Obama Being Pressured to Revoke Bill Cosby’s Presidential Medal of Freedom

WASHINGTON, DC - JULY 9:  Actor Comedian Bill Cosby (R) jokes with baseball great Hank Aaron after they both received the Presidential Medal of Freedom Award from U.S. President George W. Bush during a ceremony July 9, 2002 at the White House in Washington, DC. The medal is the highest civilian award given to those who have made meritorious contributions to the security or national interests of the United States, to world peace, or to cultural or other significant public or private endeavors.  (PHOTO CREDIT: Mark Wilson/Getty Images)
WASHINGTON, DC – JULY 9: Actor Comedian Bill Cosby (R) jokes with baseball great Hank Aaron after they both received the Presidential Medal of Freedom Award from U.S. President George W. Bush during a ceremony July 9, 2002 at the White House in Washington, DC. The medal is the highest civilian award given to those who have made meritorious contributions to the security or national interests of the United States, to world peace, or to cultural or other significant public or private endeavors. (PHOTO CREDIT: Mark Wilson/Getty Images)

A national sexual assault prevention group is calling on President Barack Obama to revoke Bill Cosby’s Presidential Medal of Freedom, following the release of court documents this week in which the actor admitted to obtaining sedatives to give to women he intended to have sex with.

The Presidential Medal of Freedom is the nation’s highest civilian honor, and was bestowed upon Cosby in 2002 by then-President George W. Bush.

The group, Promoting Awareness Victim Empowerment, has also initiated an online petition at WhiteHouse.gov to urge the president to take action.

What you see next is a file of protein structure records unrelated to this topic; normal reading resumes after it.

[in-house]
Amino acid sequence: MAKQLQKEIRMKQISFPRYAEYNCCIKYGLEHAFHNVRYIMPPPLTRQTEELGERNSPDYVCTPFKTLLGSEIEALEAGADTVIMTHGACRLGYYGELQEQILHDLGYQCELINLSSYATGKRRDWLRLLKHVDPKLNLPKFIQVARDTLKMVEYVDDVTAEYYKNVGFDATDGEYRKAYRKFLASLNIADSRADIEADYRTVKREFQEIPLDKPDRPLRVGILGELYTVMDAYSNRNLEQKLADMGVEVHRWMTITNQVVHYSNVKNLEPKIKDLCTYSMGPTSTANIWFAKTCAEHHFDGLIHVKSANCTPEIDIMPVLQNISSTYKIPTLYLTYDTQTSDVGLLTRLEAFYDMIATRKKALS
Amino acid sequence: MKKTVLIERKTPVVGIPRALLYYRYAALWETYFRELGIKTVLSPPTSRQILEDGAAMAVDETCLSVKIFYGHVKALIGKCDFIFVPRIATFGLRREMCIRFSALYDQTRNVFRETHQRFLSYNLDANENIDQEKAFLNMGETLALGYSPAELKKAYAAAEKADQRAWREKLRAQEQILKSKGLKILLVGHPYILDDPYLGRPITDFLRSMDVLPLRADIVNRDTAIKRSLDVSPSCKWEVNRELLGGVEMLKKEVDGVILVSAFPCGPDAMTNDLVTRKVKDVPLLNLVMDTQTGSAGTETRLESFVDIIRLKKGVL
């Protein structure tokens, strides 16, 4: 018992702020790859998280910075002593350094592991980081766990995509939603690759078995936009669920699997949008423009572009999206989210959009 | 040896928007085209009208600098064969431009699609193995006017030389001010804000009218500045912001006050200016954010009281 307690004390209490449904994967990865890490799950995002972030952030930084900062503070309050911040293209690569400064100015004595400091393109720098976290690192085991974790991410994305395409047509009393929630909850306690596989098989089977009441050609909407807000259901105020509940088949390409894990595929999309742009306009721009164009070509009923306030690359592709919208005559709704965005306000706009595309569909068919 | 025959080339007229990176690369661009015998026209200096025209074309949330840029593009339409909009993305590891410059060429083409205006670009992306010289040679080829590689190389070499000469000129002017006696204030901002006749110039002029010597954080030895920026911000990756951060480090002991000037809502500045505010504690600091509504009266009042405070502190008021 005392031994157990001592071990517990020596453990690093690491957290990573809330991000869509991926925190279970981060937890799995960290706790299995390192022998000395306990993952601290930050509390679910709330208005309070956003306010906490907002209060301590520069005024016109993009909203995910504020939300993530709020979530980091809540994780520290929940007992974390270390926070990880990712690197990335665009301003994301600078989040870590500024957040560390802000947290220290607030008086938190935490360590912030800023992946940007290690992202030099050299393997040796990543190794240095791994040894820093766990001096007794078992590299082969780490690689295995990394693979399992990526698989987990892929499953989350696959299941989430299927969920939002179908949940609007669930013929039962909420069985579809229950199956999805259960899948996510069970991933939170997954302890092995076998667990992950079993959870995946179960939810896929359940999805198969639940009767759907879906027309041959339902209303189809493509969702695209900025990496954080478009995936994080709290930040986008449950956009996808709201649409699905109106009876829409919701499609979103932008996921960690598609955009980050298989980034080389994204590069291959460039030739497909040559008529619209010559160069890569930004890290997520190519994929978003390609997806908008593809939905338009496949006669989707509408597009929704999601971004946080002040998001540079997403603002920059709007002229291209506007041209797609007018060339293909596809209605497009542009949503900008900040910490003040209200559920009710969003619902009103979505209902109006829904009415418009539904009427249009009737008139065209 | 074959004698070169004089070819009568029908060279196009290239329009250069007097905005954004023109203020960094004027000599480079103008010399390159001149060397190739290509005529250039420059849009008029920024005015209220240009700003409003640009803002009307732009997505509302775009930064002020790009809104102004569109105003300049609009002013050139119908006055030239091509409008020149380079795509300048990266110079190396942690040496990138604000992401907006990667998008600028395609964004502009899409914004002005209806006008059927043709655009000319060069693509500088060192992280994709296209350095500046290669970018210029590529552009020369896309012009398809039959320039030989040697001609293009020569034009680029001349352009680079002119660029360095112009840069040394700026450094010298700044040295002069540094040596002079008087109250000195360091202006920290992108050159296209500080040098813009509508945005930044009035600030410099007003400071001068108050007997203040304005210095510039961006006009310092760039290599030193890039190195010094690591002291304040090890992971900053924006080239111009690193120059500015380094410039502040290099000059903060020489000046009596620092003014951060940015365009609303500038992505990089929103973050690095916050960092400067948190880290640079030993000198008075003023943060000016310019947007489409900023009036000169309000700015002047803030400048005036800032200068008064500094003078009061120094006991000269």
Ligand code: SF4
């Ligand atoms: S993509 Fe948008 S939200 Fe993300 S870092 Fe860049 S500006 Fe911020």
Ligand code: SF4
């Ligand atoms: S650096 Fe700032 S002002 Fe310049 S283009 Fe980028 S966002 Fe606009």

“This award was given to Mr. Cosby under false pretenses,” PAVE Executive Director Angela Rose said in a statement on Wednesday. “The White House was clearly not aware that Cosby would be accused of multiple counts of sexual violence. As such, we urge President Obama to take the unprecedented action of revoking this award and that Bill Cosby’s name be expunged from any official lists of recipients.”

The uproar over Cosby’s medal was sparked by court documents obtained this week by The Associated Press, in which Cosby admitted to getting prescriptions for quaaludes, a heavy sedative, to give to women with whom he planned to have sex. Cosby’s lawyers fought hard to suppress the documents, but a judge ruled that Cosby’s role as “a public moralist” in recent years made his testimony of “significant interest” to the public.

Since last November, over 30 women have come forward alleging that Cosby sexually abused them at some point over the last four decades. Many were young actresses at the time of the alleged assaults, and they describe being intimidated by Cosby’s fame and his influence within the entertainment industry. Cosby has never been charged with a crime, however, and the statute of limitations has run out on nearly all of the alleged assaults.

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SOURCE: The Huffington Post, Christina Wilkie